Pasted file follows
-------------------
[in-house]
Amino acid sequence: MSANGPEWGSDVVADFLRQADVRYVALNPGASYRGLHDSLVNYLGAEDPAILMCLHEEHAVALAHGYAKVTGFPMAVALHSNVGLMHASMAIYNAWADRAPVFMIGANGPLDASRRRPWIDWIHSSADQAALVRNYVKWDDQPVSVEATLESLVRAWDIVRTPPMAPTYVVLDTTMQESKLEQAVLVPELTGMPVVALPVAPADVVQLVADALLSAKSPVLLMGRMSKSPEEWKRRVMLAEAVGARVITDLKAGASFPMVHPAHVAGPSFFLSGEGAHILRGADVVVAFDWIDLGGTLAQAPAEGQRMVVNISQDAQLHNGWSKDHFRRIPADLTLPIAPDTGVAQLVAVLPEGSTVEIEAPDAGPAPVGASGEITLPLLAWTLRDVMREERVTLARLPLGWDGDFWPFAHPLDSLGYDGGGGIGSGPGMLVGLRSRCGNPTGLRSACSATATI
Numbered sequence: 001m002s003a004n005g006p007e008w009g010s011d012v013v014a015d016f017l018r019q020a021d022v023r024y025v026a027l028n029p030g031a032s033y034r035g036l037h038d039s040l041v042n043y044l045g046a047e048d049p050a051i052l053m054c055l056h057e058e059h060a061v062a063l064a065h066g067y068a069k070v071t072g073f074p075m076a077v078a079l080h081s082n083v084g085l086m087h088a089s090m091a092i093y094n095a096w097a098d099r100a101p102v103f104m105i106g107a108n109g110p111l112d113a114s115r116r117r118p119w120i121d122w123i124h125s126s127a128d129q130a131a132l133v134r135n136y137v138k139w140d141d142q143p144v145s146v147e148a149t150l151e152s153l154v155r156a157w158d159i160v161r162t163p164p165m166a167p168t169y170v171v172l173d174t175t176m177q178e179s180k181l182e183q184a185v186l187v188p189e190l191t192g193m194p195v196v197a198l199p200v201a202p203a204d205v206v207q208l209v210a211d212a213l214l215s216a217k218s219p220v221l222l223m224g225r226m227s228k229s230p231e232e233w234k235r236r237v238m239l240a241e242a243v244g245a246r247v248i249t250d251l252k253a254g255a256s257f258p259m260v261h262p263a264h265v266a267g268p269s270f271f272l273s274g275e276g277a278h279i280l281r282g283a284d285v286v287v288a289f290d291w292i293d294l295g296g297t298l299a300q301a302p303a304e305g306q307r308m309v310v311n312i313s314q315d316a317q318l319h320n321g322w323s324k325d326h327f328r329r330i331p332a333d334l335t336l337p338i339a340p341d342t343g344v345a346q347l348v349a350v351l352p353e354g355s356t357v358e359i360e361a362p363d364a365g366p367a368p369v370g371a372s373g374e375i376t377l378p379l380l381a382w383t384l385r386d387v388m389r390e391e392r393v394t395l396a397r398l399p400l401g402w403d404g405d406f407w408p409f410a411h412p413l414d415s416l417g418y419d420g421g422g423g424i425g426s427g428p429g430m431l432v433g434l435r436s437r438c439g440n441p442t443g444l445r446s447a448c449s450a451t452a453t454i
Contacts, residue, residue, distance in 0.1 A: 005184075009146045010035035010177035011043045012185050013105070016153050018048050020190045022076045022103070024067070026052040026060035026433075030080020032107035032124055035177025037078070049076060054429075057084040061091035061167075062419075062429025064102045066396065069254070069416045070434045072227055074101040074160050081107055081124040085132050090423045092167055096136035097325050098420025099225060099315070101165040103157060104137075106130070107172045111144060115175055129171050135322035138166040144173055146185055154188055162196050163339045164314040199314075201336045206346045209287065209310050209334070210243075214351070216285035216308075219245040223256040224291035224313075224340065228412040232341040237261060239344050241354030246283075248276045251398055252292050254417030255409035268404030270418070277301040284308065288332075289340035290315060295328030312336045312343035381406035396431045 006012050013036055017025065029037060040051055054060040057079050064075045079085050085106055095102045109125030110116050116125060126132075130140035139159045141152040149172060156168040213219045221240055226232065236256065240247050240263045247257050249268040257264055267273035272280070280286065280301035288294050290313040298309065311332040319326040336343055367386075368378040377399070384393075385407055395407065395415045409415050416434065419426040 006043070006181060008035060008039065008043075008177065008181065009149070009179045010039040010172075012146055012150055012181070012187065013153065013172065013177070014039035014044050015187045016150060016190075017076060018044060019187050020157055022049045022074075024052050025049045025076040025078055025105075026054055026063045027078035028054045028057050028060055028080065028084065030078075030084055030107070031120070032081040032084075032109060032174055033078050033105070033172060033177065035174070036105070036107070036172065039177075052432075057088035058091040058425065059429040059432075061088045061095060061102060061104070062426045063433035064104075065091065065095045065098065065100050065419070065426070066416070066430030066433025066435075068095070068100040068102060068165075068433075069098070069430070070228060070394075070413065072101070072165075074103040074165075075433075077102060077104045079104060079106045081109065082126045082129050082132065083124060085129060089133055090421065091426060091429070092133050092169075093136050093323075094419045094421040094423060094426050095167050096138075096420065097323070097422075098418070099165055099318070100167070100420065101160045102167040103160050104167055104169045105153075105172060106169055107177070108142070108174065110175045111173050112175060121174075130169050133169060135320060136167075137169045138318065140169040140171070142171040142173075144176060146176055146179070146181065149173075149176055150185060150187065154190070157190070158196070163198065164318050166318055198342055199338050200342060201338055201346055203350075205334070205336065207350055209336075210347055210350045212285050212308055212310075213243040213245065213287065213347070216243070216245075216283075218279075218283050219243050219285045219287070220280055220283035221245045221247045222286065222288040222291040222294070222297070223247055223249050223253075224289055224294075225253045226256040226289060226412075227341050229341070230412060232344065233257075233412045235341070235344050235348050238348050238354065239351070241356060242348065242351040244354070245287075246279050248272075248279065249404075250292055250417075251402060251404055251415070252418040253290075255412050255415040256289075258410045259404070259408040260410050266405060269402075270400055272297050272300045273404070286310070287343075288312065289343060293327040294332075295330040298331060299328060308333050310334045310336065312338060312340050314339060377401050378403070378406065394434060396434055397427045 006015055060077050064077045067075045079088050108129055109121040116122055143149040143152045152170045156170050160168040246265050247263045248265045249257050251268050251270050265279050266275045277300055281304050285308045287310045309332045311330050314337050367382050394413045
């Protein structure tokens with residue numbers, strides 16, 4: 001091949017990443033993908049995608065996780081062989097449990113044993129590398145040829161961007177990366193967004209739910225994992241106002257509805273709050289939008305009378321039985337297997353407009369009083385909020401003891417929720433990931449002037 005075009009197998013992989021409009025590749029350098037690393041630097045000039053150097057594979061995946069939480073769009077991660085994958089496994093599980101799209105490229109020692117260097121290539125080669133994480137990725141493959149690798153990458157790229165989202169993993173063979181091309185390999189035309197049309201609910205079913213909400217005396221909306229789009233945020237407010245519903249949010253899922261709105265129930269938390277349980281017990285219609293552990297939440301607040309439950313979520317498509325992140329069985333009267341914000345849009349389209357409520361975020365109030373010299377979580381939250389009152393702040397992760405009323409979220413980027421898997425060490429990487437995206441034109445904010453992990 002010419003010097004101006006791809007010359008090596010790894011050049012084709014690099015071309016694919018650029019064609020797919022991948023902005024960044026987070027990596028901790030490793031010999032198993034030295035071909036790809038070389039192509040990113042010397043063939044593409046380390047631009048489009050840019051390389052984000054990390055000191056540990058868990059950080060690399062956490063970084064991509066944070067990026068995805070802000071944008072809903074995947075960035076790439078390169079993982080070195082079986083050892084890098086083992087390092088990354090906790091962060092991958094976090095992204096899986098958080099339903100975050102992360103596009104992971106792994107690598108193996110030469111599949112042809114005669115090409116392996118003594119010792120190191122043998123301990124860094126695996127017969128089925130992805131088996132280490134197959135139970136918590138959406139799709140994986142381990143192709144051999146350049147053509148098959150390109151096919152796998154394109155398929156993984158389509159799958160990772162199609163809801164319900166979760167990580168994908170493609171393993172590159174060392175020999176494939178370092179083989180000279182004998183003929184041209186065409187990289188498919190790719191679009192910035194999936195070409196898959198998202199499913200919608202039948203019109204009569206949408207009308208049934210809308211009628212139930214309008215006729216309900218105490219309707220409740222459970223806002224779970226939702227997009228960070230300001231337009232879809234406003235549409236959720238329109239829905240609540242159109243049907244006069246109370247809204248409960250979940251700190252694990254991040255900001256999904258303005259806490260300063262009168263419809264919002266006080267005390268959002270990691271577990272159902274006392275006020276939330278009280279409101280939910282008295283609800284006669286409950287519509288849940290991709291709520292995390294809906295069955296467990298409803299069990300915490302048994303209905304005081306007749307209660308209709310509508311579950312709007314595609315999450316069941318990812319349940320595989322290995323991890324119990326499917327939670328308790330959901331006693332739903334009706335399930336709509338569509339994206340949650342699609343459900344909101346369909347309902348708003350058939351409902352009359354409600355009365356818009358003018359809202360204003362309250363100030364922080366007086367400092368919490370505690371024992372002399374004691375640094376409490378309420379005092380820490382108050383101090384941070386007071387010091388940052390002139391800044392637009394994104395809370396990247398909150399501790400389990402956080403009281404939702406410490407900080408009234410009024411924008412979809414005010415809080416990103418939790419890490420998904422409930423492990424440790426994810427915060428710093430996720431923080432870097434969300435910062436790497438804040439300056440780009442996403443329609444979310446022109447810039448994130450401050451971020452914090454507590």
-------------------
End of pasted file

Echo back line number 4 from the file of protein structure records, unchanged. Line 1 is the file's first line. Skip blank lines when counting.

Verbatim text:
Contacts, residue, residue, distance in 0.1 A: 005184075009146045010035035010177035011043045012185050013105070016153050018048050020190045022076045022103070024067070026052040026060035026433075030080020032107035032124055035177025037078070049076060054429075057084040061091035061167075062419075062429025064102045066396065069254070069416045070434045072227055074101040074160050081107055081124040085132050090423045092167055096136035097325050098420025099225060099315070101165040103157060104137075106130070107172045111144060115175055129171050135322035138166040144173055146185055154188055162196050163339045164314040199314075201336045206346045209287065209310050209334070210243075214351070216285035216308075219245040223256040224291035224313075224340065228412040232341040237261060239344050241354030246283075248276045251398055252292050254417030255409035268404030270418070277301040284308065288332075289340035290315060295328030312336045312343035381406035396431045 006012050013036055017025065029037060040051055054060040057079050064075045079085050085106055095102045109125030110116050116125060126132075130140035139159045141152040149172060156168040213219045221240055226232065236256065240247050240263045247257050249268040257264055267273035272280070280286065280301035288294050290313040298309065311332040319326040336343055367386075368378040377399070384393075385407055395407065395415045409415050416434065419426040 006043070006181060008035060008039065008043075008177065008181065009149070009179045010039040010172075012146055012150055012181070012187065013153065013172065013177070014039035014044050015187045016150060016190075017076060018044060019187050020157055022049045022074075024052050025049045025076040025078055025105075026054055026063045027078035028054045028057050028060055028080065028084065030078075030084055030107070031120070032081040032084075032109060032174055033078050033105070033172060033177065035174070036105070036107070036172065039177075052432075057088035058091040058425065059429040059432075061088045061095060061102060061104070062426045063433035064104075065091065065095045065098065065100050065419070065426070066416070066430030066433025066435075068095070068100040068102060068165075068433075069098070069430070070228060070394075070413065072101070072165075074103040074165075075433075077102060077104045079104060079106045081109065082126045082129050082132065083124060085129060089133055090421065091426060091429070092133050092169075093136050093323075094419045094421040094423060094426050095167050096138075096420065097323070097422075098418070099165055099318070100167070100420065101160045102167040103160050104167055104169045105153075105172060106169055107177070108142070108174065110175045111173050112175060121174075130169050133169060135320060136167075137169045138318065140169040140171070142171040142173075144176060146176055146179070146181065149173075149176055150185060150187065154190070157190070158196070163198065164318050166318055198342055199338050200342060201338055201346055203350075205334070205336065207350055209336075210347055210350045212285050212308055212310075213243040213245065213287065213347070216243070216245075216283075218279075218283050219243050219285045219287070220280055220283035221245045221247045222286065222288040222291040222294070222297070223247055223249050223253075224289055224294075225253045226256040226289060226412075227341050229341070230412060232344065233257075233412045235341070235344050235348050238348050238354065239351070241356060242348065242351040244354070245287075246279050248272075248279065249404075250292055250417075251402060251404055251415070252418040253290075255412050255415040256289075258410045259404070259408040260410050266405060269402075270400055272297050272300045273404070286310070287343075288312065289343060293327040294332075295330040298331060299328060308333050310334045310336065312338060312340050314339060377401050378403070378406065394434060396434055397427045 006015055060077050064077045067075045079088050108129055109121040116122055143149040143152045152170045156170050160168040246265050247263045248265045249257050251268050251270050265279050266275045277300055281304050285308045287310045309332045311330050314337050367382050394413045